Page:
Economic stimulus packages have gone global.
While Congress is still arguing over the size and shape of the US package, at least 33 other nations have started programs that are far more ambitious than were planned even a month ago.
Many are oriented toward spending on roads and other transportation projects, such as China’s plans to build or renovate airports, subways, and railroads. Others are providing tax cuts for consumers and businesses, as is the case in Canada and Brazil. Russia is trying to restructure the massive debt hanging over its corporations. Some countries, such as France, are aiming the stimulus at key industries, including Airbus, the giant aerospace manufacturer.
Without the multiple stimulus plans, which one investment bank, UBS, estimates to be equal to 2.8 percent of the world’s gross domestic product, the global economy would be in far worse shape, economists suggest.
“Without the stimulus, there is a fair likelihood we would be in more than a ‘Great Recession,’ ” says Sung Won Sohn, a professor of finance at California State University, Channel Islands. “It will keep us from dropping further.”
The global response, which now comes to $2.25 trillion, is larger than any other government effort in a postwar recession, says economist Nariman Behravesh of IHS/Global Insight in Lexington, Mass. “And frankly, we need more,” he says, noting that more half of the spending will come from two nations – the US and China.
“For a lot of the European economies, the stimulus packages will be 1 percent to 2 percent of GDP, the same with Japan. And from my perspective, it needs to be bigger in those economies,” says Mr. Behravesh.
For example, France’s economic stimulus package totals 26 billion euros, 1.3 percent of French GDP. Although it includes hundreds of smaller infrastructure projects, such as repairing the roof of the Cathedral of Notre Dame in Paris, a significant amount of the effort is aimed at large businesses such as Airbus and Areva, the nuclear giant.
“The bulk of the spending is for research and innovation to boost investments in the private sector,” points out Adrien de Tricornot, financial columnist for Le Monde.
As is typical of the approach of French President Nicolas Sarkozy, much of the state funding for the private sector will be matched by industry itself – which analysts say helps to keep the public ownership question off the table.
The US is not the only country where the shape of the spending package is controversial.
The Japanese approach – its second fiscal package this fiscal year – includes a controversial cash payment of $135 for every resident. According to a poll in the major daily Mainichi two weeks ago, 74 percent of those surveyed oppose the handouts. Former administrative reform minister Yoshimi Watanabe quit the ruling LDP in mid-January, saying the cash would be better spent on local governments.
Other critics would like to see more spent on bricks-and-mortar projects. “Japan should carry out large-scale public-works projects to create jobs,” says Minoru Morita, a veteran political analyst and former editor of a major economic magazine. “The government can certainly do more with aggressive fiscal and monetary policy.”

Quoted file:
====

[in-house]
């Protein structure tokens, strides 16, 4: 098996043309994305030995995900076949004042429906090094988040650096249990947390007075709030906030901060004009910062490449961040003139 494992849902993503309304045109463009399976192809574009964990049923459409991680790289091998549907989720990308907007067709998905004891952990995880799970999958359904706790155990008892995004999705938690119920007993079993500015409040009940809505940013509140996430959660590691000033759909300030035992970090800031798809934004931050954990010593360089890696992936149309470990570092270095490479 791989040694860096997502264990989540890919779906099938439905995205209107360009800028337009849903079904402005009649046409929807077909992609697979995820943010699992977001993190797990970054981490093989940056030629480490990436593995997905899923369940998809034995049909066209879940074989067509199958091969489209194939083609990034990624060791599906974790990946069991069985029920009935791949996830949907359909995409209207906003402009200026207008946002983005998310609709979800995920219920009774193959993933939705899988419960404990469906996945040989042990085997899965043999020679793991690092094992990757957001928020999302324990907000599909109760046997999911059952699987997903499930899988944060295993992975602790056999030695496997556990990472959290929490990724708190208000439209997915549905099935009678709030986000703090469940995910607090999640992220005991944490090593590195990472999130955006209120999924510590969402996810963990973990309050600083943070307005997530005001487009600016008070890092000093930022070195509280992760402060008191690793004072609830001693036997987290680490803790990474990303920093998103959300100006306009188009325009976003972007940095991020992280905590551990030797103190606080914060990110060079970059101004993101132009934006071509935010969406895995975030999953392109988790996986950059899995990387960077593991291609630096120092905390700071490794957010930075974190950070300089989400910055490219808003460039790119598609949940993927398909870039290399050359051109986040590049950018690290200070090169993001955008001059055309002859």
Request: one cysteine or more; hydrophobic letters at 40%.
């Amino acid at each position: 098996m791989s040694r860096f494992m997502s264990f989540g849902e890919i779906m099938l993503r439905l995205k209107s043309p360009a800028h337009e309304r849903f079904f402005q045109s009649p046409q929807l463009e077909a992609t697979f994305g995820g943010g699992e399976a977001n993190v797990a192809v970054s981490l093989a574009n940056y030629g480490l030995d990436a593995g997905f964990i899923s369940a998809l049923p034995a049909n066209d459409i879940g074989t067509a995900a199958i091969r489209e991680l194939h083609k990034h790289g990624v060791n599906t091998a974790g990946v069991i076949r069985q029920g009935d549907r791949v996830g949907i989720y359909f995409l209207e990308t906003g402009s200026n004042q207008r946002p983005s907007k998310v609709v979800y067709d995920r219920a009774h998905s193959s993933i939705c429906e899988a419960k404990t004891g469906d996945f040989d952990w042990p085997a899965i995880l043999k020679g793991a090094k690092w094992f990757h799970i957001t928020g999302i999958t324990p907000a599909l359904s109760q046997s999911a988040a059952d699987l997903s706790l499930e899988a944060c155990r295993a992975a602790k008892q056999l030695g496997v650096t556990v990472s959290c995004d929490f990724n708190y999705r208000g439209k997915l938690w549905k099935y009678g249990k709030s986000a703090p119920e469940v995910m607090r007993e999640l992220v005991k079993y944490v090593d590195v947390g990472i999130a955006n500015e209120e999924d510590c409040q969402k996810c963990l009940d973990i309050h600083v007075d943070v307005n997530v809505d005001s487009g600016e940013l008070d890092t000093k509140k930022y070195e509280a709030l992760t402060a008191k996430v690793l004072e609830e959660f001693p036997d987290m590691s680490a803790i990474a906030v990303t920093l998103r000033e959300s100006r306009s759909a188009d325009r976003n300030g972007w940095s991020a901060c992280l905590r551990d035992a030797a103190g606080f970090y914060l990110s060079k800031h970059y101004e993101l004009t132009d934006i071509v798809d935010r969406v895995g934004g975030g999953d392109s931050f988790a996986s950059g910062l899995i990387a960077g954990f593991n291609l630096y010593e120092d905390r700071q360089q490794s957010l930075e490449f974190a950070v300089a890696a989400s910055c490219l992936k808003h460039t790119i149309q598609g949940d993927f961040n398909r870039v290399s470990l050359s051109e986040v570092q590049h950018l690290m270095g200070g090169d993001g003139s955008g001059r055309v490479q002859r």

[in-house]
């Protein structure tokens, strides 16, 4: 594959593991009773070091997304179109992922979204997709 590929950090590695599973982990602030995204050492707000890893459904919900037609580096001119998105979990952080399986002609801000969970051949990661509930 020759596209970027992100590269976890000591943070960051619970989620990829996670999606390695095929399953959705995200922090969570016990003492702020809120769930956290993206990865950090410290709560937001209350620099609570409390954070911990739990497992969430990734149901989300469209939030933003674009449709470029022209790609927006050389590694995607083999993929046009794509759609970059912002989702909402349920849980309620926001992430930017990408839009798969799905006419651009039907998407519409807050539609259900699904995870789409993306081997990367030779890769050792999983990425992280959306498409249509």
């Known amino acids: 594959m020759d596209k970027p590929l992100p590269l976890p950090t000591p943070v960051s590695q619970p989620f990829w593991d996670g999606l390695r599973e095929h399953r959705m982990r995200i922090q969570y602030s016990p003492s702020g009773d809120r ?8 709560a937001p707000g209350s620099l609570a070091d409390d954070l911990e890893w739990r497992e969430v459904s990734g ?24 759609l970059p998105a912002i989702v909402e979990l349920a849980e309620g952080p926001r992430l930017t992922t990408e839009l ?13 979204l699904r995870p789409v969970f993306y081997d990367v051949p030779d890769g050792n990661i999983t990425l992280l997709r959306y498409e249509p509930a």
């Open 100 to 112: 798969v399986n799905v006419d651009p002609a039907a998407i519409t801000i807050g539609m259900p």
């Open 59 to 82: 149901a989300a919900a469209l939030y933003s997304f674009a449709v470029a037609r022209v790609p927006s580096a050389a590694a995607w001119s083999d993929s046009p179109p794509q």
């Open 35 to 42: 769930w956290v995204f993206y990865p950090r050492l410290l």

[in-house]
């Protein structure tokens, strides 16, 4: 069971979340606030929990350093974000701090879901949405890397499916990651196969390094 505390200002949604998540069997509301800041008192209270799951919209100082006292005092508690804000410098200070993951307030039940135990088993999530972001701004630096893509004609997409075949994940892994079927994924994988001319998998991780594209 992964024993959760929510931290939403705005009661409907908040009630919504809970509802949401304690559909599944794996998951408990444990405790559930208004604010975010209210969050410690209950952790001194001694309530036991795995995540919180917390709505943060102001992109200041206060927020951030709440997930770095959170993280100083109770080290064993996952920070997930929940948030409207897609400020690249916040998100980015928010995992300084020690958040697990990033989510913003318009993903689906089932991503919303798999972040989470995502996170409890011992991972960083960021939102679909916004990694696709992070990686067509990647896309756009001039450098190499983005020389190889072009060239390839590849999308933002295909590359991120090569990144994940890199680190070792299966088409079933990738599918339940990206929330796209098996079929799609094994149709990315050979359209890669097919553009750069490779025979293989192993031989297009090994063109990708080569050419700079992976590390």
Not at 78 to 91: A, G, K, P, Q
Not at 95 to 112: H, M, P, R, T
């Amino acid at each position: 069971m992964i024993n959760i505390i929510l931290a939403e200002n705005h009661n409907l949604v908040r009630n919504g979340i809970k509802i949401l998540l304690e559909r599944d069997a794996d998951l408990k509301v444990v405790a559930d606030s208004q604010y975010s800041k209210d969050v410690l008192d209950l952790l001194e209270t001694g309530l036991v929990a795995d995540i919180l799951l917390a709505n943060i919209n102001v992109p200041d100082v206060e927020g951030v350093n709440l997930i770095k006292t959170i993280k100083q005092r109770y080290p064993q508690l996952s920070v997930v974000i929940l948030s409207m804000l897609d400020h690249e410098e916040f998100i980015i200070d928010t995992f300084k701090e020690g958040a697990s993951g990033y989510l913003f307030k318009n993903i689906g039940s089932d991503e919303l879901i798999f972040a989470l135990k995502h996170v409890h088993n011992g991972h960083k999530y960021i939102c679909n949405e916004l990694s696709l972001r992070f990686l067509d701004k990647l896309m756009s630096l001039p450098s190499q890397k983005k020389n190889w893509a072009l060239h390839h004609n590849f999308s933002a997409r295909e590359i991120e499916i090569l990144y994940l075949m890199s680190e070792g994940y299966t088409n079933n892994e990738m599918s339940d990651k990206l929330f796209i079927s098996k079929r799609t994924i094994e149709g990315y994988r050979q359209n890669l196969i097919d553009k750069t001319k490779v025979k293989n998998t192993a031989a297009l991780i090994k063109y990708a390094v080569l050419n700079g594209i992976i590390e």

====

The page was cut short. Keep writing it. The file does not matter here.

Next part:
China’s massive stimulus package – representing more than 6 percent of its GDP – is partly oriented toward boosting spending, much as the US Senate has proposed giving tax breaks to spur auto purchases. The Chinese measures include a 13 percent discount for rural residents who buy household appliances such as refrigerators and washing machines. The government has also halved the sales tax on autos to boost sales and waived taxes on property sales to try to revive the property market.
Very few of the stimulus plans seem to have “buy in my country” aspects to them. Last week in Davos, Switzerland, at the World Economic Forum, Japanese Prime Minister Taro Aso vowed, “In keeping with the lessons of the 1929 Great Depression, we will resolutely fight all protectionism.”
However, the US Congress was considering some form of “buy America” in its package. “If they do, the Europeans will take us to the World Trade Organization [the global trade judge],” says international economist Jay Bryson of Wachovia Economics in Charlotte, N.C. “The WTO can slap us on the wrist; we can appeal it. And then you’re three or four years down the road and, in the meantime, you bought a bunch of steel made in the US.”
“I agree we can’t send a protectionist message,” he said. But, he added, “I want to see what kind of language we can work on this issue.”
Yet economists expect much of the spending to stay at home even if there is a need to import heavy equipment. “There is so much excess capacity around the world, I’m not sure how much imports will be needed,” says Mr. Sohn.
That doesn’t mean that countries won’t try to protect their own industries, says Sohn. In November, the White House held a meeting of 20 nations, and every leader agreed not to raise protectionist barriers for a year. “The day after it ended, Russia and India raised tariffs, then Vietnam and Brazil,” says Sohn.
For some countries, large spending packages are either not possible or politically difficult. According to UBS, the countries that have had the least interest in big spending plans include Argentina, Mexico, Germany, Italy, Spain, the Netherlands, and Switzerland.
Although many of the spending packages are contentious, the reasons are different. In the US, conservatives object to the huge deficit and potential for abuse. But last week in France, the Sarkozy plan was attacked as not ambitious enough as thousands of strikers hit the streets of Paris.
Socialists and other parties on the left want a 40 billion euro plan to address injustices in the French social system, jobs, and unemployment, which rose by 42,000 at the end of 2008. The left advocates more consumer spending, in France known as “purchasing power,” for ordinary people.